Friday, November 29, 2013

What a fine broth....

So, I could swear I read A. Lee Martinez's Gil's All Fright Diner, but I may not have. I did, however, read A. Lee Martinez's Too Many Curses, which wound up being very silly and occasionally poignant.

Our Heroine, Nessy, devotes her life to cleaning and organizing the evil wizard Margle's castle. He pays her in insults and a cot. Until the day he brings home an egg that hatches a One Eyed, one horned purple people eater. Which eats Margle them imprints on Nessy. Nessy, being a kobald, may or may not be the best mommy for a One Eyed, One Horned Purple People Eater, particulalry not in a castle filled with people cursed by her master.

Nessy, thankfully, is a very practical sort, She finds ways to scrape 30 minutes a day out of her busy life of polishing and alphabetizing and reading to the monster under her bed to study magic to reverse the multiple curses laid upon the inhabitants of the castle. (My favorite is the poor owl who was also cursed to speak in alliteration.)

Anyway, most of the plot revolves around The Door That Should Not Be Opened (which tends to wander the castle following Margle's untimely demise), a Demon queen trapped in the form of 10 million fireflies, and an evil wizardess looking to destroy the castle.

What we ultimately find is a message about how what we are cursed with is less important than what we are on the inside. Thus an Excalibur-wielding fruit bat.

It's geared towards a younger audience, but it remains a fun read.

Tuesday, November 19, 2013

Ask not for whom the bell tolls...

We're coming full circle here at James's Genre Books, as I'm returning to the series that started this blog off.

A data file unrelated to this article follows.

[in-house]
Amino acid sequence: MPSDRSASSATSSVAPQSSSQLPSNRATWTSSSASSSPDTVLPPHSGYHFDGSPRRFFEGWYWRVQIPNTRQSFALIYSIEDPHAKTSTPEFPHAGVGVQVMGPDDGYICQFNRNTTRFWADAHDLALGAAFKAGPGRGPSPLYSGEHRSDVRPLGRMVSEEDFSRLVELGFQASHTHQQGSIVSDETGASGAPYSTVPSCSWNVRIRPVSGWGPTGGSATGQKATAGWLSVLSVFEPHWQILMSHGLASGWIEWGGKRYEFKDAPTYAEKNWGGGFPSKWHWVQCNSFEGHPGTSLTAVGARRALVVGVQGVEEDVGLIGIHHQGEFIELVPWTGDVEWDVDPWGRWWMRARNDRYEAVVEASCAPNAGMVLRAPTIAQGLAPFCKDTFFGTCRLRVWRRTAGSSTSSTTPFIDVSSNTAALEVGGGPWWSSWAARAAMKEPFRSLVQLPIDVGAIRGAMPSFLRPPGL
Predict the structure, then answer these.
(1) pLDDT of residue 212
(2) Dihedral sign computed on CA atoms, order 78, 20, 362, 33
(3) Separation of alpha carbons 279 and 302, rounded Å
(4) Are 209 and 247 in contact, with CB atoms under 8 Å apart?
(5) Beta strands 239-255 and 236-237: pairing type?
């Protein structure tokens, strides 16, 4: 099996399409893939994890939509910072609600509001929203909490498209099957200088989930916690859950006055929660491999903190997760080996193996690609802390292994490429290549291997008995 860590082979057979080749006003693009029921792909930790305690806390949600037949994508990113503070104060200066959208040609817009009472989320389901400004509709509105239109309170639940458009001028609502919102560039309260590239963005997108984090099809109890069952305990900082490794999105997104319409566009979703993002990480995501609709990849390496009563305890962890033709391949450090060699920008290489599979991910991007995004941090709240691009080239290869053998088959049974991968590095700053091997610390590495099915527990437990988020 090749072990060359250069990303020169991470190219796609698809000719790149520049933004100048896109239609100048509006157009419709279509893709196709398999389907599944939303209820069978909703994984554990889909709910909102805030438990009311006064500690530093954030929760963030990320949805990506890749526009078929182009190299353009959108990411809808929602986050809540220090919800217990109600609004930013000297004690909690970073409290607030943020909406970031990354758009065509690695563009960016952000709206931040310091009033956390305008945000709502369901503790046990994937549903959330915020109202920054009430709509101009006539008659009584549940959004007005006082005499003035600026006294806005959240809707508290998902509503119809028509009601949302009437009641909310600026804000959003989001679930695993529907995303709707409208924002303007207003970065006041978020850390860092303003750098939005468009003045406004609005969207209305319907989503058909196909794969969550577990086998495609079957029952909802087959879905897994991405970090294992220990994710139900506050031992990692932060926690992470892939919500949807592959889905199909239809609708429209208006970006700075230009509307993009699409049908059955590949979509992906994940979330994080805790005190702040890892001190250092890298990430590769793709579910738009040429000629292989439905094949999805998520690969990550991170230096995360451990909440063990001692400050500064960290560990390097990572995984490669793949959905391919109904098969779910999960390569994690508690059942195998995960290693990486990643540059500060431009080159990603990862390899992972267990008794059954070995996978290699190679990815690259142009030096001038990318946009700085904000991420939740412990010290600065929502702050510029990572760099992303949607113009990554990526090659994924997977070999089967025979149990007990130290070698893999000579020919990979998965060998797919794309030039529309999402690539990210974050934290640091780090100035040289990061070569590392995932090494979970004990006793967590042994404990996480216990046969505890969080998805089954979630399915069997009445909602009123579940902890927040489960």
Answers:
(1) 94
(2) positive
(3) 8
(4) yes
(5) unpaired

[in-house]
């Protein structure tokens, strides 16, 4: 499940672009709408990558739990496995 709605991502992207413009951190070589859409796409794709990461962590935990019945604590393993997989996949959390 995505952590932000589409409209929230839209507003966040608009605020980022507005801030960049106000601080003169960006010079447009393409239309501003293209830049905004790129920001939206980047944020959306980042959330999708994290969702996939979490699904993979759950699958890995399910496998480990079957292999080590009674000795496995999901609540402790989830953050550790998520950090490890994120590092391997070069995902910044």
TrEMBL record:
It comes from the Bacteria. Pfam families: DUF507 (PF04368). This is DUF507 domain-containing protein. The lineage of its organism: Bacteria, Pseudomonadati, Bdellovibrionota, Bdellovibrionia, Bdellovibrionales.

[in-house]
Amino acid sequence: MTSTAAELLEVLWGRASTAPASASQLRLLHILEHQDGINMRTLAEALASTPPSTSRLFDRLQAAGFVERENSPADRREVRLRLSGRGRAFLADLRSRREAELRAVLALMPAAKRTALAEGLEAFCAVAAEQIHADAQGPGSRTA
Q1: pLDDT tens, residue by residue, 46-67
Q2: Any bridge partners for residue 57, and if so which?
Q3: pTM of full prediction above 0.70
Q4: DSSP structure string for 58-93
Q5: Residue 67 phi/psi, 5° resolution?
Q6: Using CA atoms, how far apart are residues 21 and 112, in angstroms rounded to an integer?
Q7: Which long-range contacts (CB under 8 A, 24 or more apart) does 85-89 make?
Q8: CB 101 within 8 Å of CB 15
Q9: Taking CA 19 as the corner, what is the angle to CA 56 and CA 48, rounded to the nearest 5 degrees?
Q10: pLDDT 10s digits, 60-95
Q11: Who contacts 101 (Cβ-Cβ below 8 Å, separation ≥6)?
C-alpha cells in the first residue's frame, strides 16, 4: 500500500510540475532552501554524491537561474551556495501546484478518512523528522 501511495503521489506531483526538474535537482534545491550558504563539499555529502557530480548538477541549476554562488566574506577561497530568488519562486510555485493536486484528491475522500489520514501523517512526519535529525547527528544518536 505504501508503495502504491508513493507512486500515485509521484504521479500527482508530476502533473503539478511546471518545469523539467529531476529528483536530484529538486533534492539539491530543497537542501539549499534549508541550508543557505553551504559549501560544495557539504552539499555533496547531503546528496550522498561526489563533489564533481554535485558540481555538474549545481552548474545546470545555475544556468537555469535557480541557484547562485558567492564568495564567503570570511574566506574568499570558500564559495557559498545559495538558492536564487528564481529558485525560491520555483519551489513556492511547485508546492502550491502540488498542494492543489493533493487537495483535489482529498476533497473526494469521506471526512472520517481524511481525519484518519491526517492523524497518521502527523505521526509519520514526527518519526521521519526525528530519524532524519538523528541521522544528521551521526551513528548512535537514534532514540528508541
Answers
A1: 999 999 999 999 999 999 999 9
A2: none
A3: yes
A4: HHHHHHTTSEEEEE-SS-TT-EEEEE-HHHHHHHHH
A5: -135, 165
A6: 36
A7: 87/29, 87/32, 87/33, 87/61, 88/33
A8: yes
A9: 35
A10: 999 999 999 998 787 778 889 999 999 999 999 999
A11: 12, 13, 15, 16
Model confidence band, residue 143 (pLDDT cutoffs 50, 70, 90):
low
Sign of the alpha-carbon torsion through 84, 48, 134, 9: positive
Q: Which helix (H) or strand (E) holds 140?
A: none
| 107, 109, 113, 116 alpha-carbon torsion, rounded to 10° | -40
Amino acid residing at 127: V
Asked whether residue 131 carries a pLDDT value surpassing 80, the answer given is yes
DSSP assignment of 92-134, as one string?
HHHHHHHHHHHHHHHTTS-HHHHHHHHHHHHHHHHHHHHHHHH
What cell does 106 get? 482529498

One of the biggest issues with any series fiction is keeping things fresh. After all, if a relatively weak character spends every book going up against long odds and coming out unscathed, it kills any sense of suspense. How different authors get around this tends to color the series, from making the main narrator a god like necromancer schtupping every werecreature that moves to treating most of the lead's romantic interests like Bond girls.

Here, in Seanan McGuire's Chimes at Midnight, we see a more interesting trend. The Scooby Gang. Our Heroine, October Daye, Dóchas sidhe changeling and narrator, starts off by trying to stop the influx of Goblin Fruit and winds up involved in The Mists's revolution. Along the way, we meet new friends and expand on old ones.

Goblin fruit, originally grown only in one of the closed plains of existence, is instantly addictive to changelings, and exceptionally fatal for mortals. (It is for changelings as well. Just takes longer.) There's a rather large influx of the stuff on the Fae haunted streets of San Francisco,  and October and her crew are trying to take it out before it breaks the veil that hides Fairie from the mortal realm. Sadly, as October finds out, the Queen in the Mists is behind the current influx of the stuff. And in finding this out, October is given a 3 day notice of eviction and exile.

Which leads to seeking out The Sea Witch (one of Maeve's brood, and a First One, kind of the Antediluvians of the fay world) , who imparts on October knowledge that the Queen is not who she says she is. And thus is the major thrust of the plot, finding the real children of Gilad Windermere and getting them on the throne.

We get to meet Mags, the flighty librarian of The Library of Stars, who was one of my favorite characters in the novel. We also meet Madden, Cu Sidhe (dog fairy), who's guarding Anwen and her brother, in hiding from the usurper Queen in the Mists. (Madden is quite gay, and tends to steal the few scenes he shows up in.) Dianda, Queen of Saltmist, comes back for the revolution, and winds up providing some of the best scenes in the book, on the only way a mermaid kicking the crap out of guards can. That she swears like a proverbial sailor (not quite 4 letter words, but the intent is much the same) helps.